Every homeowner should know how to seal and insulate ductwork.  However, the truth is few people are aware ductwork requires sealing and insulation.  Most people assume ductwork will function without flaw after installation.  Below, we explain how to seal and insulate ductwork and why it is so important.


Save Money With DIY Ductwork Sealing and Insulation

There is no sense paying another person to seal and insulate your ductwork when you can do the work on your own.  Embrace this challenge, learn how to seal and insulate ductwork on your own and you will never have to pay another person to do the work on your behalf.  There is no reason to be intimidated by ductwork sealing and insulation.  This process is easier than expected.  Once your ductwork is sealed and insulated, you will spend less on utilities.  So don’t worry about spending your time, money and effort to perform a DIY sealing and insulation.  The minor investment necessary to add sealing and insulation will pay massive dividends down the line.


Insulation Types

The exterior of ductwork can be insulated by blanket wraps or sleeve insulation.  The blanket variety wraps around the entirety of the ductwork.  The installation of sleeve insulation requires the disassembly of the ductwork.  The sleeve insulation slides on prior to the point at which the ducts are reassembled.  In fact, you can slit sleeve insulation and warp it around the insulation similar to a blanket.


The Sealing and Insulation Process

Sealing and insulating ductwork will be slightly messy.  Take a close look at the ducts for holes, rust, damage, missing portions and other flaws.  Mark these problem spots with chalk or a marker.  Run a broom or damp cloth across the ducts to ensure the surface is completely dry.  A dry surface makes it easier for the sealant to bond to the ducts.  Though mastic is the most popular sealant, there are duct sealants sold in caulk tubes or cans that are specially formulated for such a project.  You will also need a foil tape or mastic tape.  Refrain from using duct tape as it probably will not stick long.  Spread the sealant or duct mastic along the duct seams, holes and joints.  The mastic should be applied in layer form.  However, it is a mistake to apply the mastic in a layer beyond the thickness of a nickel.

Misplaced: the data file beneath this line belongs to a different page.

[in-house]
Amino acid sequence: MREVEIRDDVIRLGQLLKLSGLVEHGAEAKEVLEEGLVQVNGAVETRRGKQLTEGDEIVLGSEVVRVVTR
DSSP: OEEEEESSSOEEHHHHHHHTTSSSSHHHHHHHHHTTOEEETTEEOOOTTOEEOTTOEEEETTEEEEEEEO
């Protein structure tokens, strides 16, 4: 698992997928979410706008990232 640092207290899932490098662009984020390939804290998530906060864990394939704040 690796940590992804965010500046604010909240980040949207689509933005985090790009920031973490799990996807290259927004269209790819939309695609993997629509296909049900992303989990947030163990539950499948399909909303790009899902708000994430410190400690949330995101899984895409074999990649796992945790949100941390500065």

Use a paintbrush with stiff bristles to apply the sealant.  Avoid getting mastic on your clothes as it will prove difficult to wash out.  Be sure to seal the duct connections, holes and joints by the furnace.  The duct/register connection must be sealed as well.  Apply sealant at all points of intrusion and all joints.  When in doubt, apply more seal than you think necessary as it is better to have additional protection rather than insufficient protection.  Seal along the furnace/air unit back toward the last register.  This approach ensures the most important parts are properly covered.  Protecting the area that is closest to the HVAC unit is of the utmost importance as gaps and holes near the unit are subjected to elevated air pressure compared to those positioned farther away. 


Adding Insulation

Give the sealant some time to dry.  Once the sealant is completely dry, it is time to add the insulation.  Insulating air ducts is fairly easy, especially if you are using the wrap version of insulation.  Just be sure to read the insulation product’s instructions prior to performing the insulation.  When measuring and cutting the duct insulation, leave some extra so it can overlap at the seams.  Wrap the insulation around your home’s air ducts, ensuring it is turned in the proper direction.  The vapor barrier must face outward.  The fiberglass should be pressed against the duct.  Staple and tape the seams between pieces and lengthwise.  The joints will prove secure if overlapped with a couple extra inches to spare and secured with tape.